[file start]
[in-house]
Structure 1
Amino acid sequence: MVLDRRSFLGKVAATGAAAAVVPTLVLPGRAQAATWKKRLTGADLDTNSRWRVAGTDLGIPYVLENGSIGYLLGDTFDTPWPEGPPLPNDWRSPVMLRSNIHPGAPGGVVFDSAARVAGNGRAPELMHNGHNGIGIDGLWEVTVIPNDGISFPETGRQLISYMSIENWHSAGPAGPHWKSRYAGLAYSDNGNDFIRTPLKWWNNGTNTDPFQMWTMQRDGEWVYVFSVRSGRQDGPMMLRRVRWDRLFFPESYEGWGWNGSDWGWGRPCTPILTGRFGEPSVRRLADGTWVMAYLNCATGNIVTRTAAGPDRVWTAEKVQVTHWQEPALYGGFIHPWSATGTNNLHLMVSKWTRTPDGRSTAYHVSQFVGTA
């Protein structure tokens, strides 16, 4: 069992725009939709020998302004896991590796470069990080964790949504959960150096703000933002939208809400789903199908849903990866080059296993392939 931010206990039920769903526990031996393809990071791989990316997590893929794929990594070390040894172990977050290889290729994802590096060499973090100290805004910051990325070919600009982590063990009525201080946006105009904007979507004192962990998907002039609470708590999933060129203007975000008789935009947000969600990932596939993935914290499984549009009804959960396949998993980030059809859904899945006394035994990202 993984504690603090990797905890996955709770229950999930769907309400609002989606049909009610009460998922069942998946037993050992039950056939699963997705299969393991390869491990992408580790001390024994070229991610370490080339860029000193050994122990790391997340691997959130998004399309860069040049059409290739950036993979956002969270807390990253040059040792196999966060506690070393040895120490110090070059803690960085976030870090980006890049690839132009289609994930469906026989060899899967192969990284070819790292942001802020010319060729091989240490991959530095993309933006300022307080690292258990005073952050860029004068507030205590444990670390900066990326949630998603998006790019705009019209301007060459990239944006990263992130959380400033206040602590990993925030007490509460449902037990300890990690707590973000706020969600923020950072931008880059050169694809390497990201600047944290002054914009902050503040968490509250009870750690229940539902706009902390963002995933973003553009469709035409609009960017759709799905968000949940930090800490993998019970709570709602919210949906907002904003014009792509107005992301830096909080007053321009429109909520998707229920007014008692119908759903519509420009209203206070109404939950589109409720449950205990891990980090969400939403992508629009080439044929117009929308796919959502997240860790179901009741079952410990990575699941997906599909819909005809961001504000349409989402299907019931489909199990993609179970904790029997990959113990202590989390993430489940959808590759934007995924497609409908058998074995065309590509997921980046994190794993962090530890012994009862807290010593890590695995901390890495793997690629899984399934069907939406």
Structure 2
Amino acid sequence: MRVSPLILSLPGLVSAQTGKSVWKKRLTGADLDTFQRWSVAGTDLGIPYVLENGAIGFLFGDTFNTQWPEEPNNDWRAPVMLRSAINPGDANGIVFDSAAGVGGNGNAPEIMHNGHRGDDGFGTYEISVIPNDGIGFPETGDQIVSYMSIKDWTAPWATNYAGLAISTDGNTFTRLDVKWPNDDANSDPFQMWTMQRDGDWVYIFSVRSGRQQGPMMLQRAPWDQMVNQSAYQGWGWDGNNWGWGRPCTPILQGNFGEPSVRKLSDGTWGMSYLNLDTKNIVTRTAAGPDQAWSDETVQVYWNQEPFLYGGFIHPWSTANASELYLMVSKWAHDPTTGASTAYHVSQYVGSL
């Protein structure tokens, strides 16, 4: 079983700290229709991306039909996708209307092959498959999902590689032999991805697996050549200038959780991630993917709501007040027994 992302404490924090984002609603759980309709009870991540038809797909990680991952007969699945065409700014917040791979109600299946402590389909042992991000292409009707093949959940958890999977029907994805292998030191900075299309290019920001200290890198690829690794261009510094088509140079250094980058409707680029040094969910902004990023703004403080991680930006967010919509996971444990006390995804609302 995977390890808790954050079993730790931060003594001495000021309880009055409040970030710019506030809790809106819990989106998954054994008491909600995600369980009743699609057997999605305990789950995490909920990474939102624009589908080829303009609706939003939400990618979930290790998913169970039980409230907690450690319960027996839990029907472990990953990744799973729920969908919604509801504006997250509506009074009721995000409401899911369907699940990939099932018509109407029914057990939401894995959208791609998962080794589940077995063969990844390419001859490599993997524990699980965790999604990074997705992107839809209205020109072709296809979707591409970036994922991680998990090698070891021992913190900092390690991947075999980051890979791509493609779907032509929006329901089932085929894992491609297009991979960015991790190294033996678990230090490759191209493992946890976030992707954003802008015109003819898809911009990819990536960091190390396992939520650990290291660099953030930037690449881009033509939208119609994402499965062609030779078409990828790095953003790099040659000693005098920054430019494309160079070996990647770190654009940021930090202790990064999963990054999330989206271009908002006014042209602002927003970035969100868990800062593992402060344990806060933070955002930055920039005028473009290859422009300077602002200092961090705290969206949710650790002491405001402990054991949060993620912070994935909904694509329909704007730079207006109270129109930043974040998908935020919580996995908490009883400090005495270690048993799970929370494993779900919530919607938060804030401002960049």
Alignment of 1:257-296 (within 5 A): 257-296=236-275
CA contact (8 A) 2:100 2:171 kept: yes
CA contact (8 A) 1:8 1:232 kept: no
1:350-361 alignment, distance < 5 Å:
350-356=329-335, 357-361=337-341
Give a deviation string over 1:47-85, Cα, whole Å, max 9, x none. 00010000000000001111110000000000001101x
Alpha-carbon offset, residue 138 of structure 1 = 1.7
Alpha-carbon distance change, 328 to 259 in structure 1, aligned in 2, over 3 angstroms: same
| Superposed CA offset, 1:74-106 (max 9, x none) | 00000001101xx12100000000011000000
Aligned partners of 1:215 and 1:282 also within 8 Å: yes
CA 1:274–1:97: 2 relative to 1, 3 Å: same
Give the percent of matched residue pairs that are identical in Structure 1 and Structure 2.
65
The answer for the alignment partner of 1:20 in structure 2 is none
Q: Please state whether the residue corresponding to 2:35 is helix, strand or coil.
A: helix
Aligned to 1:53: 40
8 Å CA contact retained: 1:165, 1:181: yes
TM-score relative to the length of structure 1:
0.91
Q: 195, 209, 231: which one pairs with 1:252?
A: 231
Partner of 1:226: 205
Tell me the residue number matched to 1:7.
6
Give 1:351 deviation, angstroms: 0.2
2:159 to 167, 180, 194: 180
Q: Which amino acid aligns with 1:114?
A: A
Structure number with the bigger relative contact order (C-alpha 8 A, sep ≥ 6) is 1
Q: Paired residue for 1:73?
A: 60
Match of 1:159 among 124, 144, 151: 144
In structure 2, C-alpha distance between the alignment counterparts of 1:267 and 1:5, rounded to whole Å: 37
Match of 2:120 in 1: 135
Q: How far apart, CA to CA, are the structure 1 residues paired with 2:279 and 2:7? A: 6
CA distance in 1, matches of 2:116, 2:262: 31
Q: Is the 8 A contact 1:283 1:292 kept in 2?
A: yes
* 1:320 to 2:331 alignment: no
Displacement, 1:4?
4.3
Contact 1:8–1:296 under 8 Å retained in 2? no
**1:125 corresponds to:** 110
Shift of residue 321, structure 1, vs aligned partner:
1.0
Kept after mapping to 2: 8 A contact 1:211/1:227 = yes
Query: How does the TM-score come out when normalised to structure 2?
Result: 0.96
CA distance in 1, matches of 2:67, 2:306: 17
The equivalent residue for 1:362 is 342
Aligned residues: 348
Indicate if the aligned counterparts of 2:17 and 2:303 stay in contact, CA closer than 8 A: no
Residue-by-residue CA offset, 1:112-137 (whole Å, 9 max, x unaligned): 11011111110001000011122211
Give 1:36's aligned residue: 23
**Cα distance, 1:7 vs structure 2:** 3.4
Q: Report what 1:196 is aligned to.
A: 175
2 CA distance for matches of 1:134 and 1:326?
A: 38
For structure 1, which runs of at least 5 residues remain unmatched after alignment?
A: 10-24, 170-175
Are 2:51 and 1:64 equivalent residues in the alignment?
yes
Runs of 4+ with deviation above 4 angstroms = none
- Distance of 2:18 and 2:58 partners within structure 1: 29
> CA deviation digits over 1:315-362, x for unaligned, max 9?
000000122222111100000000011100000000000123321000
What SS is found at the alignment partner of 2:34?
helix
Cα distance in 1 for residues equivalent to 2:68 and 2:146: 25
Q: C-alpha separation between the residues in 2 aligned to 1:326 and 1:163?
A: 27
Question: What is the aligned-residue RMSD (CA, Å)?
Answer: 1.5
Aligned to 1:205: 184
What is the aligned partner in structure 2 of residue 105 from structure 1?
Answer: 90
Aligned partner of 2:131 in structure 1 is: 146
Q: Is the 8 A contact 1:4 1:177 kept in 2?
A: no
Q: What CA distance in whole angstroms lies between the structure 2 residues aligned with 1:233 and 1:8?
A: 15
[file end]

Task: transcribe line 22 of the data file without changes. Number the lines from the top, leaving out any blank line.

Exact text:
Q: Please state whether the residue corresponding to 2:35 is helix, strand or coil.